Dutch asset managers have indicated having a positive stance on the green bonds their sovereign is due to issue tomorrow in its debut in the asset class.

According to the Dutch Treasury’s Finance Agency, the green bond will have a 20-year maturity and a target volume of between €4bn and €6bn, to be increased to at least €10bn within the coming years.

It said that the funds raised would be invested in sustainable energy and rail transport, energy efficiency and climate change adaptation, and that it had committed to reporting about the allocation of the proceeds as well as the achieved impact. 

The planned issuance would make the Netherlands the first triple A-rated sovereign to issue a green bond, and the second-largest sovereign issuer of the instrument.

Bram Bos, lead portfolio manager green bonds at NN Investment Partners, said the asset manager welcomed the green bond issuance, “in particular as we view this as the first liquid sovereign bond with these [stringent requirements for reporting and transparency]”.

NN IP was one of the stakeholders the Dutch government consulted in determining the eligibility of projects to be financed by the bonds’ proceeds.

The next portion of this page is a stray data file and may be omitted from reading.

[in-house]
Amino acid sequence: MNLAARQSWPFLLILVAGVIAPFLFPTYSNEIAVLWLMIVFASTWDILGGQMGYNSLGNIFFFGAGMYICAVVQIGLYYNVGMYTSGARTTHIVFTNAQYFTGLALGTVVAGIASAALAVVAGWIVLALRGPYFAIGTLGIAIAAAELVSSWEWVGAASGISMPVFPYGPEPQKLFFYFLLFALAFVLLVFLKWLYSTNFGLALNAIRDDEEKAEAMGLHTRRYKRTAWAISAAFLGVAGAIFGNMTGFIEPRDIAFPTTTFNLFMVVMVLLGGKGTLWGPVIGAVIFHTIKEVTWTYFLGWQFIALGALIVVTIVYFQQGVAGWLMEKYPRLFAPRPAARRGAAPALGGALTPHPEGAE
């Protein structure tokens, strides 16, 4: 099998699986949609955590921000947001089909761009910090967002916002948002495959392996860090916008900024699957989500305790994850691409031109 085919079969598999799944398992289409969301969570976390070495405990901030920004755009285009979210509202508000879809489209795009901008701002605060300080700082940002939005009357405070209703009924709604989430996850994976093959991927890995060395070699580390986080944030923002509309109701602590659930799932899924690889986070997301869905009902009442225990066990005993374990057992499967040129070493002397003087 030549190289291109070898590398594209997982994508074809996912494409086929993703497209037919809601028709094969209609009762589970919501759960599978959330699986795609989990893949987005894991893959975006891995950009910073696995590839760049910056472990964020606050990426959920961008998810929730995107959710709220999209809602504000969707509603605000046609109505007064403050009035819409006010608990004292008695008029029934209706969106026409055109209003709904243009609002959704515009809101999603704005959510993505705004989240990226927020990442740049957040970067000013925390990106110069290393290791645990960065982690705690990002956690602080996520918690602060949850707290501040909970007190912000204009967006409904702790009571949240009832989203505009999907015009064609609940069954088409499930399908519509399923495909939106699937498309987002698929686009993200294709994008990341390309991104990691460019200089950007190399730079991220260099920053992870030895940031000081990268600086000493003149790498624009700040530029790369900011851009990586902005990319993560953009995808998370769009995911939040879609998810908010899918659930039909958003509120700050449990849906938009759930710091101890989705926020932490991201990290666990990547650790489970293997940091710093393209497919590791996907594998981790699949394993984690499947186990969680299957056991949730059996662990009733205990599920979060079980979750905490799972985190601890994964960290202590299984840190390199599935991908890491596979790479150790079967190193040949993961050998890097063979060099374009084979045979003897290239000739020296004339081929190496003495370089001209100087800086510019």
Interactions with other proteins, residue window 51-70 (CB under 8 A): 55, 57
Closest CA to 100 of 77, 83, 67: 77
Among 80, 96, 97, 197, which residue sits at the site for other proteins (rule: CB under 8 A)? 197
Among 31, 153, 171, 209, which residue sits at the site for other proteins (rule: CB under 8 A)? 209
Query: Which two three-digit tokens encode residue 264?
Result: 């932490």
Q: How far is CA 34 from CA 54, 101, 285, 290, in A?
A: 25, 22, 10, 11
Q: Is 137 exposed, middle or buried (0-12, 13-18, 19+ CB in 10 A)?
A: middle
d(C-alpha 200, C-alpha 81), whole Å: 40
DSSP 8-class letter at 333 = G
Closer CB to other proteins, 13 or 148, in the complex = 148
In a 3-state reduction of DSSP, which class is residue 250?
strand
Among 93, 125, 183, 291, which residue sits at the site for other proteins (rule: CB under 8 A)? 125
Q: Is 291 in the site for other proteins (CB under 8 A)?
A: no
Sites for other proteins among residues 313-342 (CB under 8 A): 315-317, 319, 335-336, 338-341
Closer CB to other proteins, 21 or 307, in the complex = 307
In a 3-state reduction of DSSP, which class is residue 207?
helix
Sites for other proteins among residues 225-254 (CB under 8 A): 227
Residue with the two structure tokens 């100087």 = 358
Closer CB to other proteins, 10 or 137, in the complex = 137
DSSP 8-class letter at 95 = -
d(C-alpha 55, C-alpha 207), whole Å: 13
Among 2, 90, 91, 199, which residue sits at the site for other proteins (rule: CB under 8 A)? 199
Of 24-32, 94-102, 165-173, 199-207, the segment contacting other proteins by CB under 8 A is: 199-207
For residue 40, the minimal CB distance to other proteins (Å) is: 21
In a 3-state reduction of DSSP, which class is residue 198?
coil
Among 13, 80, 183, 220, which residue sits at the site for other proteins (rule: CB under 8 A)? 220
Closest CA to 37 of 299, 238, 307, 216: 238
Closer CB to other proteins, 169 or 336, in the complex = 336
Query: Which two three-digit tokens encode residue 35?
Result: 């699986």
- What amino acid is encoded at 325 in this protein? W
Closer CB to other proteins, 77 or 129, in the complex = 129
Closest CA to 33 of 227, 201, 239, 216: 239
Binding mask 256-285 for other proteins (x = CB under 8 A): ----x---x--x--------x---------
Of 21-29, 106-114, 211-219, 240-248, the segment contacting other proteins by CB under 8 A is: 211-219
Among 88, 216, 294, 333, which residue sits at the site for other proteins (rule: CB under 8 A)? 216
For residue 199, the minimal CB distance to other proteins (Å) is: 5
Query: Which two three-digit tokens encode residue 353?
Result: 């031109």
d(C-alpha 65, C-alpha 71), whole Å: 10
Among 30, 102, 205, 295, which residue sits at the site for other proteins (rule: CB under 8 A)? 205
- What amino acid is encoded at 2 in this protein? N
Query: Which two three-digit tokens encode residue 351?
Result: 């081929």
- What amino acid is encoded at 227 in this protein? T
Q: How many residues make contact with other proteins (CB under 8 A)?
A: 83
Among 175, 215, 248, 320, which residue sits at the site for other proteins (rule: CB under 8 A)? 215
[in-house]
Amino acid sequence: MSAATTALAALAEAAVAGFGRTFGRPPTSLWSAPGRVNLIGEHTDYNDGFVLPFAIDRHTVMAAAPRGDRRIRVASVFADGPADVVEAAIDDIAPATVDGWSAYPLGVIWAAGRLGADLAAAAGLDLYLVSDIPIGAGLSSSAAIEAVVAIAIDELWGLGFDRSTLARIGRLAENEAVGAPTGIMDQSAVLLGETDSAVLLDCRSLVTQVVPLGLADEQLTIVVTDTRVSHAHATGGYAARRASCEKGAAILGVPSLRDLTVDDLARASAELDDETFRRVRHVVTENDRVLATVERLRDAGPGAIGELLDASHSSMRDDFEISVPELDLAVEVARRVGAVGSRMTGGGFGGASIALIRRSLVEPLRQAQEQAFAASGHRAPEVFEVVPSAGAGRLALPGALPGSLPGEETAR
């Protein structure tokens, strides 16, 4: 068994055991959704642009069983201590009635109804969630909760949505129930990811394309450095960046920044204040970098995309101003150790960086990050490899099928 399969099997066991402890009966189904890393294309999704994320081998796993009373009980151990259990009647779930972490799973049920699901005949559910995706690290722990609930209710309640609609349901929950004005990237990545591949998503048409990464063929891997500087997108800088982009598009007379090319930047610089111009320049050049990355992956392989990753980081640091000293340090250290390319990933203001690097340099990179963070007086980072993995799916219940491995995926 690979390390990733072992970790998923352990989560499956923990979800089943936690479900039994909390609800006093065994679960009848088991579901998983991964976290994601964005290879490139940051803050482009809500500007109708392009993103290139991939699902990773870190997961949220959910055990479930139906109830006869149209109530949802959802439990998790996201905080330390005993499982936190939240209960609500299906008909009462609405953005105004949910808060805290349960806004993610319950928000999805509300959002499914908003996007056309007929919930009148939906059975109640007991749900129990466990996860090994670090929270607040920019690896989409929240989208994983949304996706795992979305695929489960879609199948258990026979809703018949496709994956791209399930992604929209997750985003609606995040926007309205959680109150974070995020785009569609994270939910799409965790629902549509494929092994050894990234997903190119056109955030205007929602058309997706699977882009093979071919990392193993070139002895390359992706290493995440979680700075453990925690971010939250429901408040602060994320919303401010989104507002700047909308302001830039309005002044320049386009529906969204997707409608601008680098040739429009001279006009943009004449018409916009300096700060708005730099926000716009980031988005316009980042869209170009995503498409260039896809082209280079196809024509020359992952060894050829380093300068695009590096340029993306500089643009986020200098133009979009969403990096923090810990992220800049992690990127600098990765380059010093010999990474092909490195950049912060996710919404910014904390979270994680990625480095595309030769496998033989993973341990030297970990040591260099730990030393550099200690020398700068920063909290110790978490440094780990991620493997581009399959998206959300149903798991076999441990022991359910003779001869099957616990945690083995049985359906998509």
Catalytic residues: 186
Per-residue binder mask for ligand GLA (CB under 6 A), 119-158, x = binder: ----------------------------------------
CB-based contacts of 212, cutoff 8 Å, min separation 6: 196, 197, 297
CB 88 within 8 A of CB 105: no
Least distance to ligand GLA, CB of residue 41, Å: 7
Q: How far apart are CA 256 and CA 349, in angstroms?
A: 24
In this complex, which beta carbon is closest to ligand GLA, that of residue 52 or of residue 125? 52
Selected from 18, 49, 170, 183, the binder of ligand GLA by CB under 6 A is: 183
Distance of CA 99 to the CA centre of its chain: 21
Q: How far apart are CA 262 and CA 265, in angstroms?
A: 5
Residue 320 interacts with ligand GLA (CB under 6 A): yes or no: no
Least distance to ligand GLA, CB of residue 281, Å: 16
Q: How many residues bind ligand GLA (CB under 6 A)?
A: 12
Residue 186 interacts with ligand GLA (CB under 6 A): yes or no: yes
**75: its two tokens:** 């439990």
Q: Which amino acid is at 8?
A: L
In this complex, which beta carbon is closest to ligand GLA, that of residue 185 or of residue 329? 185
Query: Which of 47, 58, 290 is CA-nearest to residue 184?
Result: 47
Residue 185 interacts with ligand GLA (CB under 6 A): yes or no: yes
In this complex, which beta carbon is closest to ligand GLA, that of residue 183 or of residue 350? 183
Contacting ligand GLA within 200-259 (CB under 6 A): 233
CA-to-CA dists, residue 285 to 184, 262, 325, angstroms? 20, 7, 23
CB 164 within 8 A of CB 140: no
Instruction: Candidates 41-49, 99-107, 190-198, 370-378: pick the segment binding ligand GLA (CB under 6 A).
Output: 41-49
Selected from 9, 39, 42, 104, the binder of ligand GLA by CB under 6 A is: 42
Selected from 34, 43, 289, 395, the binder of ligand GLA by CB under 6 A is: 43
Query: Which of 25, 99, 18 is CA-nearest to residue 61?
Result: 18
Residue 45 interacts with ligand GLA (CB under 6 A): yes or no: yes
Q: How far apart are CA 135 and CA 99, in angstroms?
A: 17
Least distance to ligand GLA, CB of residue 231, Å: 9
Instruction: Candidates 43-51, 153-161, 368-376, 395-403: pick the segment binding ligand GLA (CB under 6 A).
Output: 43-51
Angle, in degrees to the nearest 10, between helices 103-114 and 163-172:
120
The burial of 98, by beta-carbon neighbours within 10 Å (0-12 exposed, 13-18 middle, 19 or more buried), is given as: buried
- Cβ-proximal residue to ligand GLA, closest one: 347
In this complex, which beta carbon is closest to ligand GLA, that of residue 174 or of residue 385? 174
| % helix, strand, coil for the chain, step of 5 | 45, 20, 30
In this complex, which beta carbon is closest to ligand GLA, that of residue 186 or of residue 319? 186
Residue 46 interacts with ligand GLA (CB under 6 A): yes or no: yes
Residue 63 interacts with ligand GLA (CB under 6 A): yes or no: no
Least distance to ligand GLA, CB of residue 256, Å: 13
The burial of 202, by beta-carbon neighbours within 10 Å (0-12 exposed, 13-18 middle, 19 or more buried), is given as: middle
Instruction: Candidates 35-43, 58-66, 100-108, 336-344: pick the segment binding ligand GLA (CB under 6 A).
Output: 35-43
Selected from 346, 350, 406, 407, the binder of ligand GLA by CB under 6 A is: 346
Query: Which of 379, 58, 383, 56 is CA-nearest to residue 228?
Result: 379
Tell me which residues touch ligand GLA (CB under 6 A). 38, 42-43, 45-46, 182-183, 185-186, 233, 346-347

Bos said he expected the Netherlands to raise €6bn given investors’ recent interest in green bonds.

“We anticipate positive knock-on effects from this green bond issuance, as it is likely to prompt other Dutch players to start issuing green bonds,” he added.

Dutch property investor Vesteda, a privatised offshoot of civil service pension fund ABP, is eyeing further green bond issuance after last week meeting with strong demand for a €500m deal

Asset manager PGGM also indicated that it was interested in participating in the sovereign’s green bond, although not at any price.

“It must enable us to achieve sufficient returns,” said Maurice Wilbrink, its spokesman.

APG has also made positive comments about the sovereign’s green bond.

“With its long duration, high quality and strong sustainable component, this kind of deal is a perfect match for us,” Sandor Steverink, managing director for government bonds at APG, is quoted as saying in Dutch financial daily Het Financieele Dagblad.

‘Dark green’ 

Wopke Hoekstra, the Dutch finance minister, had said that investments would be “dark green”, and that its targets would also include thermal insulation of property and flood defences for the country – much of the Netherlands lies below sea level.

The Dutch strategy to reduce the country’s carbon footprint is aimed at a 49% reduction by 2030, compared with the EU’s target of 40%.

The country’s green bond framework is certified by the Climate Bond Initiative (CBI). Sustainalytics has also assessed it as an independent expert, and found it matched the core elements of the Green Bond Principles of the International Capital Market Association.

In the euro-zone, France and Belgium have raised €16.5bn and €5.7bn via green bonds, respectively.